The long-term survival of a business depends on the strength of its leadership. When that leadership is weakened due to the retirement, illness, incapacity, or death of one of its key people, the ongoing viability of the business is placed at risk until a suitable replacement is put into place. Businesses large and small can avoid this shock to their system by working with a competent attorney to create a succession plan.
Understanding the Problem
Upon the death, for instance, of a business principal without a succession plan in place, her interest in the business will generally go to her beneficiaries as part of her estate, be taken over by the remaining stakeholders, or some combination of these two options. This process can be detrimental to the ongoing viability of the business for several reasons.
In the case of a family-owned business, disputes can arise between the beneficiaries who are actively involved in running the business and those who aren’t. In the former case, beneficiaries who are up to their elbows in running the business rightfully expect that their contribution to the success of the business should justify a greater portion of an interest in the business. In the latter, beneficiaries who have a more hands-off approach have similarly correct expectations that their share of the business principal’s estate should depend on their equivalent status as heirs, and not on their involvement in the business. This is particularly true when, as is often the case in such situations, the family business comprises the bulk of the estate.
In the context of a larger corporation, other problems arise. In the absence of the strong principal, both clients and key employees, fearing instability, may part ways with the corporation. Shareholders may be unable or unwilling to buy out the shares, leading to a continuing vacuum. If a spouse or other relative with no prior experience with the business inherits the shares, disputes between the shareholders may crop up, extending the period of instability until it may be too late for the corporation to recover.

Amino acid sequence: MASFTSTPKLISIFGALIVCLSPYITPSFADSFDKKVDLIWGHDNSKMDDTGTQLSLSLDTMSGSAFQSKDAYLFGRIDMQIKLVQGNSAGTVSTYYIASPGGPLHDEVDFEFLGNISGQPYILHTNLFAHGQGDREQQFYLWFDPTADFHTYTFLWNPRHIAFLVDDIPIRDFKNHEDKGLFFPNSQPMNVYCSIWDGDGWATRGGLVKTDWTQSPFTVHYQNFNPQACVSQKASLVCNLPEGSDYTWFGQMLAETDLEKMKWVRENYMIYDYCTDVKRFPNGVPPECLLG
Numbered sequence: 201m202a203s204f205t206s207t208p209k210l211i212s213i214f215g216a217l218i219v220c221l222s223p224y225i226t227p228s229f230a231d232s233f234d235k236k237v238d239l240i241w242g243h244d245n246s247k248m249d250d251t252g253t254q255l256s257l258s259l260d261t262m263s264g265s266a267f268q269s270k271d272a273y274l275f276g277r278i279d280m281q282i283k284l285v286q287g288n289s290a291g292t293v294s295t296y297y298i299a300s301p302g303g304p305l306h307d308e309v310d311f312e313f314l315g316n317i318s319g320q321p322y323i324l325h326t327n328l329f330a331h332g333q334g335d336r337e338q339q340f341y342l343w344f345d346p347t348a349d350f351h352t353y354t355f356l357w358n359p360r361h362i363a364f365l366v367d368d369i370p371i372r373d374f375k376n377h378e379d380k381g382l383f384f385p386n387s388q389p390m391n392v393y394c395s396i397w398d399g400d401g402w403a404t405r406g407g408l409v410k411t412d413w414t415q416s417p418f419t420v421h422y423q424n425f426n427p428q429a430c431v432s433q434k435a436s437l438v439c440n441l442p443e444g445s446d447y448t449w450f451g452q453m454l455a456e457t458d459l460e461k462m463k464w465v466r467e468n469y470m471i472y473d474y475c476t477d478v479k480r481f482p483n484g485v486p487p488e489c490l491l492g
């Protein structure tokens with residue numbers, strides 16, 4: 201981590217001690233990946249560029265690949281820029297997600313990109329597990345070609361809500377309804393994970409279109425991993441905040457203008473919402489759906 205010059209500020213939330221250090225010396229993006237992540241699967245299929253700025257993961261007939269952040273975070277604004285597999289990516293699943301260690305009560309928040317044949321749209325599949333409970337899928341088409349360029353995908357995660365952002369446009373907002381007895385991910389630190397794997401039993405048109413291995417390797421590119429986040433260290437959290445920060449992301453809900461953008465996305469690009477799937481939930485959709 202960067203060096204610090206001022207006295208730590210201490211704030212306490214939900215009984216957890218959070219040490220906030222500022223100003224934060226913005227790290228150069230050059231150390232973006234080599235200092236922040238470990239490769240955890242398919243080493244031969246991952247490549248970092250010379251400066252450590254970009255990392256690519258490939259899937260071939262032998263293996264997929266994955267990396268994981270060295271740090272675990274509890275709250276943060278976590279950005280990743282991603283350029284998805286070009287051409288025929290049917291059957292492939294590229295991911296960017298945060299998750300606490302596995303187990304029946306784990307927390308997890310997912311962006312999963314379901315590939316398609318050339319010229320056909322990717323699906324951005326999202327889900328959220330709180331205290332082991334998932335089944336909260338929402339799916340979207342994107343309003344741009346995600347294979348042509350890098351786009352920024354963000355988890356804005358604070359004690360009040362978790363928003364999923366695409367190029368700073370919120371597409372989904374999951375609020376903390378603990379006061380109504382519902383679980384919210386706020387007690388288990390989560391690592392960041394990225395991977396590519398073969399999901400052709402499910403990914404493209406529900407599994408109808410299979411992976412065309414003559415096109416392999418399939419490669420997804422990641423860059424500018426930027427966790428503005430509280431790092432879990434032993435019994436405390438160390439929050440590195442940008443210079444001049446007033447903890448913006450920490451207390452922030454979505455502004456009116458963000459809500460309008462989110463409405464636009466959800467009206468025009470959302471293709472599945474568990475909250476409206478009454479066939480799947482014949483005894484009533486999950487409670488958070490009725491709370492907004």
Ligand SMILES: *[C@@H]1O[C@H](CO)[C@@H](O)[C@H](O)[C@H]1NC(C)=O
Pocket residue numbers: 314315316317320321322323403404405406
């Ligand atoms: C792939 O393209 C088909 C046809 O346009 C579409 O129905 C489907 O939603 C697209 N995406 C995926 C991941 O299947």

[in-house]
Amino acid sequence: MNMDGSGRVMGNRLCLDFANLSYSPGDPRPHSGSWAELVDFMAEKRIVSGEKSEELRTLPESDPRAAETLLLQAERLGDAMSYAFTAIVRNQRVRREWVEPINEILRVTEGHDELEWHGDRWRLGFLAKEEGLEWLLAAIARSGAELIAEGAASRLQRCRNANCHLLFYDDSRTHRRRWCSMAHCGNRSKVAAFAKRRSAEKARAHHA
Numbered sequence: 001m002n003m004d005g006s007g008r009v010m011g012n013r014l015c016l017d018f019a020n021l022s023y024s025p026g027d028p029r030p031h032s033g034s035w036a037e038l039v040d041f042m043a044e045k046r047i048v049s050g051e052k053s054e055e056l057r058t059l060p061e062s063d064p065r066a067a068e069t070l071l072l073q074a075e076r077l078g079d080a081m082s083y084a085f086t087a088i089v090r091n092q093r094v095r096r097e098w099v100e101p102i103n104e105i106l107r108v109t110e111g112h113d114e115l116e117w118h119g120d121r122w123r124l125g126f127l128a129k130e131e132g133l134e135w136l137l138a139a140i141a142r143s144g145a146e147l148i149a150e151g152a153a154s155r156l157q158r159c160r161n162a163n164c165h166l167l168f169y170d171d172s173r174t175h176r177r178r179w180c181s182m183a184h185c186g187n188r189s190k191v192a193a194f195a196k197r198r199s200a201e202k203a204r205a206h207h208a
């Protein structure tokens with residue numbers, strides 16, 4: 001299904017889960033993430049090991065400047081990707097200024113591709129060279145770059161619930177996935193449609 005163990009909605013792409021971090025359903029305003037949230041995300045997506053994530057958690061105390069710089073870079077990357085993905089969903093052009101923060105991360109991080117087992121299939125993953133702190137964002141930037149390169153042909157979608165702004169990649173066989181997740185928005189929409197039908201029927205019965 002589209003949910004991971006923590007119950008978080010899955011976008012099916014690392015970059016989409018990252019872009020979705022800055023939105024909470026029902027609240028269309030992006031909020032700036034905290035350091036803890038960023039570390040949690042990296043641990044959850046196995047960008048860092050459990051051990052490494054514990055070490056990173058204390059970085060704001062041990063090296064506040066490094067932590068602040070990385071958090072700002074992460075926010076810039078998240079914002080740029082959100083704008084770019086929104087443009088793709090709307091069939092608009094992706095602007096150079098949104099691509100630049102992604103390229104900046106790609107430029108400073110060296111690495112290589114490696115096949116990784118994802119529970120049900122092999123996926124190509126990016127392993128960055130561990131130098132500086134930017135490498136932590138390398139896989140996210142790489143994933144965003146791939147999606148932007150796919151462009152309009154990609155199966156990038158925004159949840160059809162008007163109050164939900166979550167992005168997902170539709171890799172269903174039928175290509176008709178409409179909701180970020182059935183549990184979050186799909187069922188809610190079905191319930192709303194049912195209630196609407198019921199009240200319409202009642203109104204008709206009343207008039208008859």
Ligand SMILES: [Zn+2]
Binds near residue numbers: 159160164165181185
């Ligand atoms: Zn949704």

Planning for a Solution
Fortunately, just because these problems can surface doesn’t mean they must surface. With the assistance of a lawyer with experience in estate and business succession planning, business stakeholders can prepare for a smooth transition in the event of a leader’s retirement, incapacity, or death. The process involves careful consultation with other shareholders, coworkers, family members, and anybody else who has a significant interest in the business. Whether the end product results in some sort of retention planning, where family members retain a controlling interest in the business, or a buy-sell agreement where other shareholders are given the opportunity to purchase the shares, it should provide a clear roadmap to guide the future of the company following the leader’s departure.
Simply creating the plan, though, is insufficient. It usually requires additional steps to prepare for the leader’s eventual departure, which would include providing the necessary training for any successors, instituting retirement accounts, purchasing life insurance policies to fund the purchase of shares (by surviving shareholders) or to provide equal treatment to all beneficiaries (such as non-participating children), etc. In some cases, it may make more sense to sell the business outright, and invest or divide the proceeds accordingly.
Given all the competing factors, you should seek the advice of competent counsel who has the expertise to guide you through this process. I would be happy to help you with your business succession planning needs. If you have questions regarding your specific situation, please email me at firstname.lastname@example.org or call (703) 574-0425 to schedule a visit.